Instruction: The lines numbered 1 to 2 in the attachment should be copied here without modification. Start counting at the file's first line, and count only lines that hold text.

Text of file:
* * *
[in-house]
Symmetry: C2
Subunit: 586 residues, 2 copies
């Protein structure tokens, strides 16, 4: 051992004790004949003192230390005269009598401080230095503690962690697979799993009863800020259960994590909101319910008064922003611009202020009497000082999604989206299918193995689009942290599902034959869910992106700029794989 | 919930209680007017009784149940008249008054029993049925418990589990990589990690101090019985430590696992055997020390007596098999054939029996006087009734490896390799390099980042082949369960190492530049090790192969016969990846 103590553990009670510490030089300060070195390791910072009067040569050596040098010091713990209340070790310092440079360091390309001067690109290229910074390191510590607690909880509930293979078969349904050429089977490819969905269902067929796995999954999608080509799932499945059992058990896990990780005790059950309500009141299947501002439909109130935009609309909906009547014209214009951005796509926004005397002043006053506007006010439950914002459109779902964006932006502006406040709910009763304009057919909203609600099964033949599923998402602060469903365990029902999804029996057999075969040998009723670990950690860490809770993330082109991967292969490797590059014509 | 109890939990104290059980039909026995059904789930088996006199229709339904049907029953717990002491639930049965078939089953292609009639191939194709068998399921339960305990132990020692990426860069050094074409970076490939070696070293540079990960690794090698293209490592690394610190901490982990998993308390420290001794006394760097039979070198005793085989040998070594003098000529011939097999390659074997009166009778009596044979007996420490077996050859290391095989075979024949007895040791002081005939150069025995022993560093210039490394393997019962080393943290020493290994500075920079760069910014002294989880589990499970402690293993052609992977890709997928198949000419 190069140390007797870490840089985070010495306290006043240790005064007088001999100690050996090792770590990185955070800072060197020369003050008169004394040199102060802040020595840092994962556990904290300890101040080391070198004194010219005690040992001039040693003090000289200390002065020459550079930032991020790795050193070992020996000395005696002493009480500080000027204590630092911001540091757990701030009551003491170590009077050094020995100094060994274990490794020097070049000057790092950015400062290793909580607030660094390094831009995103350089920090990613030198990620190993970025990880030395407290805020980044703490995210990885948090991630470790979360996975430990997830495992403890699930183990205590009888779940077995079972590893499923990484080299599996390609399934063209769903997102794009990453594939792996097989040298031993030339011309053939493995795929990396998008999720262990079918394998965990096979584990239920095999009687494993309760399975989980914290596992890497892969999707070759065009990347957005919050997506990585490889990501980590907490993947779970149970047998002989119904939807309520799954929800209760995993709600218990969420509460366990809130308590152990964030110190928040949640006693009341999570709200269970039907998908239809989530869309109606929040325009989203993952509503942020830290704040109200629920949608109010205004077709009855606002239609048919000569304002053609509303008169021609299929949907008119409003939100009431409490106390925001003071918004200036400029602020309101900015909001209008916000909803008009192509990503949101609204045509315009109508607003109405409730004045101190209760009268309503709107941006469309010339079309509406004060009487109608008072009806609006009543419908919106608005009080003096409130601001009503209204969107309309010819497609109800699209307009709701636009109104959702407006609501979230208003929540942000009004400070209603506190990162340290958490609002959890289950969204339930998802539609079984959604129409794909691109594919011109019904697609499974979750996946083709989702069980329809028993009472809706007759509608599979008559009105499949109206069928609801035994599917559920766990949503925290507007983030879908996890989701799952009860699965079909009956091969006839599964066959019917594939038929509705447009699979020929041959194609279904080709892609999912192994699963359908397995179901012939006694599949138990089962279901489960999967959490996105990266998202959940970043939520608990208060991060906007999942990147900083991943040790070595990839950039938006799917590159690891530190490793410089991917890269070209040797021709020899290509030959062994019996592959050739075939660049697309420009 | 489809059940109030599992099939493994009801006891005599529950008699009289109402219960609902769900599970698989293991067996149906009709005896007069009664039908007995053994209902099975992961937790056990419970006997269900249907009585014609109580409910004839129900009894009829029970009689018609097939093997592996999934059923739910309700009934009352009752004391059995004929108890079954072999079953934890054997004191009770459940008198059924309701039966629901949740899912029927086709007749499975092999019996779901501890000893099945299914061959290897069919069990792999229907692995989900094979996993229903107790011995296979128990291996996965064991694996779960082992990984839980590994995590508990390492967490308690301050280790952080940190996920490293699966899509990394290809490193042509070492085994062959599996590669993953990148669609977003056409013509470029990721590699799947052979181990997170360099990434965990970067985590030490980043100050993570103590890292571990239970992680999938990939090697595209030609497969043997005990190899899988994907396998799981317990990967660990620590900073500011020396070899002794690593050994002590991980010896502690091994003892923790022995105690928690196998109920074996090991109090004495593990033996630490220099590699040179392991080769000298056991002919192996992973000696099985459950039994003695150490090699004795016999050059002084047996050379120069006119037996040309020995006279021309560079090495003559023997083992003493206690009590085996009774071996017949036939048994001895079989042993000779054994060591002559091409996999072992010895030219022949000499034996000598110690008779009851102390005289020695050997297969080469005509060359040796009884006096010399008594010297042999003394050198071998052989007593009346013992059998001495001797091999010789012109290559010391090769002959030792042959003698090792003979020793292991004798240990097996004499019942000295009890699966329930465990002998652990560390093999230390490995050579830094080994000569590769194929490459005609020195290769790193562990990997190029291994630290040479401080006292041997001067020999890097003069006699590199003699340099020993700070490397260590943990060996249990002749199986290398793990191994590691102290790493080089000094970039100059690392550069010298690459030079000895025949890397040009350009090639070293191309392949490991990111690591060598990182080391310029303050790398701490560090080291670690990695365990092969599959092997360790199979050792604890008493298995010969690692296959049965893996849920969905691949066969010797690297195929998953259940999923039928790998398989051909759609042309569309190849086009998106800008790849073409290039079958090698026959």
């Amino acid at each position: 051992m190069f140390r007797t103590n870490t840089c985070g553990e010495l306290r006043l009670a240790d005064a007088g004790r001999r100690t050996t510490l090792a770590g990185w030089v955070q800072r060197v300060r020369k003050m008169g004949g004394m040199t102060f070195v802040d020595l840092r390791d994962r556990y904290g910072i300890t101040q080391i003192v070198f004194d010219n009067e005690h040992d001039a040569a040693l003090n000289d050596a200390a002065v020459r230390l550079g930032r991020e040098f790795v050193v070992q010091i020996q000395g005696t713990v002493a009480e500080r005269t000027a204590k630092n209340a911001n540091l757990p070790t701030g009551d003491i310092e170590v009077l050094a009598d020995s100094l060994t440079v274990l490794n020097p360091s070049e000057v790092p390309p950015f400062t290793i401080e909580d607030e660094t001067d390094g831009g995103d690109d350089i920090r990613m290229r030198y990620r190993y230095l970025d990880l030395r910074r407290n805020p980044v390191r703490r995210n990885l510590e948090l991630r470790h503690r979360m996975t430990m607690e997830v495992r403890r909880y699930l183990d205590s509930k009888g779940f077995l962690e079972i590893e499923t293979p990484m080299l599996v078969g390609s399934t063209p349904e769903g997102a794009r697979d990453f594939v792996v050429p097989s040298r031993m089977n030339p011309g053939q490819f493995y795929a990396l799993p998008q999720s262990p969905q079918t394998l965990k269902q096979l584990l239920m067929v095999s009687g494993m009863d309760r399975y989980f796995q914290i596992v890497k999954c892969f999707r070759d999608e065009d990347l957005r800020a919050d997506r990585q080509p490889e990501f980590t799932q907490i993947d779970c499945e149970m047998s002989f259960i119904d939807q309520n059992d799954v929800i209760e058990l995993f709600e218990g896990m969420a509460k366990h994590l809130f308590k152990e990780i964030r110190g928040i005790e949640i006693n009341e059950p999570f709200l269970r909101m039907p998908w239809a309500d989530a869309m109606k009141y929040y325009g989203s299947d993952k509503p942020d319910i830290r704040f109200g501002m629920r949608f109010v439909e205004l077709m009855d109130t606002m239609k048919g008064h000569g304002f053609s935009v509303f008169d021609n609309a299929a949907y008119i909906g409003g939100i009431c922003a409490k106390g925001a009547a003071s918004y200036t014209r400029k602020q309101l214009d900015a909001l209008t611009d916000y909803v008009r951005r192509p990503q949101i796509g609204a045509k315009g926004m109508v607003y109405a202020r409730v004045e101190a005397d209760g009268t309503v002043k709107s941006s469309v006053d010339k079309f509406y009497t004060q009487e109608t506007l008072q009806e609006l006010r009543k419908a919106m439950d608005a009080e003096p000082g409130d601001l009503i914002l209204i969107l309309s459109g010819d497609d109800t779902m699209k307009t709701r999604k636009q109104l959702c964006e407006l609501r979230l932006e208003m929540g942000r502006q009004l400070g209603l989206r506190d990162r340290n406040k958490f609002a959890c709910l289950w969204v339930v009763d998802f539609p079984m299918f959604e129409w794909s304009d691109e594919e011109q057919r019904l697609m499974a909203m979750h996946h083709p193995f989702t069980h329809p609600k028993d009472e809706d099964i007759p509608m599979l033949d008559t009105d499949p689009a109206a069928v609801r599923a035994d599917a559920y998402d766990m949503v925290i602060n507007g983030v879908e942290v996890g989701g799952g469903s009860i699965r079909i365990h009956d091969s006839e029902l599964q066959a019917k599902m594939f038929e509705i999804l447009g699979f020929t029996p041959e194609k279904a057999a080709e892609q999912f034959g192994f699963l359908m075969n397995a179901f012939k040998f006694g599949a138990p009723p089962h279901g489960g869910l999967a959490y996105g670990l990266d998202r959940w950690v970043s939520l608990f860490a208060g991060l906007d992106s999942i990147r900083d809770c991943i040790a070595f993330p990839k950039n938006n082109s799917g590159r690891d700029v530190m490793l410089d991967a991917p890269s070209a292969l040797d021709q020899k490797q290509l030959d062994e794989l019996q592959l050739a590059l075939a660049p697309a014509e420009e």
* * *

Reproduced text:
[in-house]
Symmetry: C2